“I didn’t want to regret not having given my best”

Matteo Scagliarini made headlines last year when he sold his family business to Howden. He explains to us why he took the big leap.

My uncle and I had always agreed that we would never sell our business to a multinational. We knew they would destroy our identity, our company and our values ​​– everything we had built.

When my uncle founded the company in 1976, Andrea Scagliarini SPA was one of the first registered insurance brokers in Italy. He stands on the shoulders of generations that have come before us: my grandfather and great-grandfather built their lives in insurance, and their legacies helped create our business. As a family, we span more than 100 years of insurance history, and we didn’t want that to be erased by an impersonal company.

So when we met Howden, he wasn’t thinking of selling the business. He didn’t even want to associate me with a network. But a mutual friend persuaded me to meet Isabelle Cadignan, then CEO of the Howden One network, who was looking for a partner in Italy. The talks went very well, and Howden offered a diversification that he knew we could benefit from. Within a few weeks we had become one of the first partners in the Howden network, and the relationship grew from there.

A changing market

At first there was a good atmosphere and a bit of business, then a good atmosphere and more business. I’m used to having good relationships with good companies and brokers, but this was different somehow. Howden seemed fresh to me, with the same values ​​as our company, and the people were ambitious without being arrogant. In the back of my mind I started to think that maybe I could see myself on a different journey with these people. I could see how being part of a larger group could help our company grow.

From a business point of view, I believe that all companies in the world, regardless of their sector, have four main challenges. It’s about attracting and retaining good people; technology and data; the specialization; and the scale. At Scagliarini we have had very good years, with 10 years of excellent organic growth. But even with our company in such a strong position, I felt we had to address these challenges quite urgently.

I felt that pressure because the market is changing, very quickly. In the last ten years we have seen how the big brokers offered discounts and then reduced the quality of their coverage and service. It’s been like The Truman Show, with everyone living in a bubble. But I think now people are realizing it: they are starting to see the value of true specialization and experience.

Scagliarini has always been a specialized corporate broker, but there are niches where we are not experts. I realized that being part of Howden could help us fill those gaps, giving our clients access to the kind of expertise they need but that Scagliarini didn’t have before. They could also help us with our other challenges: scaling, investing in data, and fighting for talent.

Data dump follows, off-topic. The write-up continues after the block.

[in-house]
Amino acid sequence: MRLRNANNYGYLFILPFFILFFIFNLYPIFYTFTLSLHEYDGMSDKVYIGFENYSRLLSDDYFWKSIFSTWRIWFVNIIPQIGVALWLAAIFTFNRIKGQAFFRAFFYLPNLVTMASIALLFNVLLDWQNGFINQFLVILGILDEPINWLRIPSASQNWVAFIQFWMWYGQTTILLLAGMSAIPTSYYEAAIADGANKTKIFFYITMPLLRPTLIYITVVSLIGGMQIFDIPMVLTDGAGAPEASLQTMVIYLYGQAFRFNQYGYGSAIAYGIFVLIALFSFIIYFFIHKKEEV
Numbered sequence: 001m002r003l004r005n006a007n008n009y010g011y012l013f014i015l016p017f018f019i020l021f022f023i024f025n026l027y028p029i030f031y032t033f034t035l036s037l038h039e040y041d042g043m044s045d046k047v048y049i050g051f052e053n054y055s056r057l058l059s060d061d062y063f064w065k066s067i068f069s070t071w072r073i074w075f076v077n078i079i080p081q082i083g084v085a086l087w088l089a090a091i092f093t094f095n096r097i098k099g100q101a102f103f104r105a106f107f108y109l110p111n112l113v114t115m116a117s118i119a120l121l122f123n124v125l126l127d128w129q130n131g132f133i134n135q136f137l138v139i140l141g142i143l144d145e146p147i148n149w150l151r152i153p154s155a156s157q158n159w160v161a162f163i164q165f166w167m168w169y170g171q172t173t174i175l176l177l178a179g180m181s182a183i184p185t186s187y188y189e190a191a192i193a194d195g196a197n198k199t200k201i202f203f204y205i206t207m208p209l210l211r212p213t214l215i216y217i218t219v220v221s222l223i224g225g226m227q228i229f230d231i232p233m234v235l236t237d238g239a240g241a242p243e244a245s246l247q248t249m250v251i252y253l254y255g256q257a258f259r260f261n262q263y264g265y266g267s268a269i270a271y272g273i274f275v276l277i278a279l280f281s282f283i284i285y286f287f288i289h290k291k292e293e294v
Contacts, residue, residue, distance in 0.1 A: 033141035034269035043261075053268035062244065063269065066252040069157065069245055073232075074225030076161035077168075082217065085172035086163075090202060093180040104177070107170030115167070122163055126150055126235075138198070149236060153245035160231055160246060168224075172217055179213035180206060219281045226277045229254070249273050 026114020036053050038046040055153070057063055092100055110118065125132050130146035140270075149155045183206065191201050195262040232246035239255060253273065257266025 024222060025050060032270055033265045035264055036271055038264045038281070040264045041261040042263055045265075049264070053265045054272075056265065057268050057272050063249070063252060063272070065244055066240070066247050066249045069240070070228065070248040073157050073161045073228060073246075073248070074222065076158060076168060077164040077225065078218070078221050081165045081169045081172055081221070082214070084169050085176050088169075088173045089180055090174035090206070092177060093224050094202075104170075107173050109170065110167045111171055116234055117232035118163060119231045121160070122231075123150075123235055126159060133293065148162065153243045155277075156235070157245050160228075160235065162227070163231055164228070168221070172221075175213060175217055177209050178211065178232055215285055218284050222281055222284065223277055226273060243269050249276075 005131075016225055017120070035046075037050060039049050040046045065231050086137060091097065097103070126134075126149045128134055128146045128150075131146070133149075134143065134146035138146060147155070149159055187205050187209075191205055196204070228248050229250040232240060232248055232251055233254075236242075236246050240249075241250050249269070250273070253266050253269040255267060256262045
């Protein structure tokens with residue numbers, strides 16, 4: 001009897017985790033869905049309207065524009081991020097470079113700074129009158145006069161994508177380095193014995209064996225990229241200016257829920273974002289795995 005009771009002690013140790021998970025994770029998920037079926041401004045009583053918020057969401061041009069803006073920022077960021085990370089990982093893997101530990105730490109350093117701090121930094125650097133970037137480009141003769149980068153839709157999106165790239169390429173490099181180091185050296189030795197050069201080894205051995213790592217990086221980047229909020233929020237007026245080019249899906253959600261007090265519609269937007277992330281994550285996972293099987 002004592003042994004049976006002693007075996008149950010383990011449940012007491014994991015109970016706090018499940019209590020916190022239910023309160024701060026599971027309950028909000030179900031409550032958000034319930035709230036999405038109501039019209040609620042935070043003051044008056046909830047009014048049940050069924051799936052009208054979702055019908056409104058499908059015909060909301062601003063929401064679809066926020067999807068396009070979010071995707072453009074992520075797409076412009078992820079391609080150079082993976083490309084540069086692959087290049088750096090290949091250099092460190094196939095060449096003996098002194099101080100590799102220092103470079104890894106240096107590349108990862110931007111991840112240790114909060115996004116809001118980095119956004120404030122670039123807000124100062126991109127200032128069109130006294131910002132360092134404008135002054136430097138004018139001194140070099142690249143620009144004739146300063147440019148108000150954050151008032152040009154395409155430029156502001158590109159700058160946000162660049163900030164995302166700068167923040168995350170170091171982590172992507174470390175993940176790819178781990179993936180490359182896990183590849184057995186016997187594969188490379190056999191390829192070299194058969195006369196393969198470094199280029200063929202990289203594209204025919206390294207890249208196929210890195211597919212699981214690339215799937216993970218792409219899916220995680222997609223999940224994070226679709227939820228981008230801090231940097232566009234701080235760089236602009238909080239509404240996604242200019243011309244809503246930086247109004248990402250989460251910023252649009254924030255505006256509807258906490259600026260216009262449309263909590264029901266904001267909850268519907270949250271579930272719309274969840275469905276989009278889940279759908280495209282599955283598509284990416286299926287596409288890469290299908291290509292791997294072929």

the big compromise

After working with Howden for four years, I knew this was the future for our company. Although we had always said that we would not sell to a multinational, Howden was different, a unique player in the market. David, the founder of Howden, talks about himself being the largest family-owned international broker, and in a way it’s true. That spirit is in the group.

The final decision came when I attended the Howden employee group conference, when Howden CEO JMG said, “If you ever have power, use that power to make people happy.” That’s something I’ve always believed in, in my company and in my career, and hearing it from the CEO of a big company was incredible. It was so authentic, and it was truly Howden.

So from everything I had seen of Howden, all the people I had met and all the opportunities it offered our company, I had no doubts. It was like being engaged for four years and then getting married: the path was clear and I knew what to expect!

Winning the Champions League

Of course selling was a risk, but I like to play outside my comfort zone. Change is risky, but so is refusing to change when the world around you is changing. That’s why I think we joined Howden at the perfect time: they can help us get ahead of that curve. If we had been delayed for emotional reasons, we could have been left behind.

In Italy we have always had a very good reputation, and we have always been above our means. But now it’s all about red carpets. Shippers are looking for an alternative to US brokers, and now that we’re part of Howden, they know we can deliver what they’re looking for. The same goes for recruiting and retaining talent – ​​people knew who we were before, but being part of Howden has completely changed the game.

I wanted to join Howden because it was the right decision for my business. I am 52 years old and I still have a third of my professional career ahead of me. I didn’t want to spend that time regretting that I didn’t do my best. As CEO, he stood to lose the most from the sale, but business decisions aren’t about personal greed. It is about trying to create sustainable value with good colleagues, within clear ethical boundaries, and trying to make a difference.

Sometimes people tell me “That’s great, but you’re not independent anymore.” But my attitude is that we all depend on someone or something. At least we all depend on the market. I feel as in control of my company now as ever. And joining Howden has allowed us to level up.

I see it as football. Before, we played a few games in the Champions League, winning one or two. Now we are in the League for the whole season, and we have a chance to win!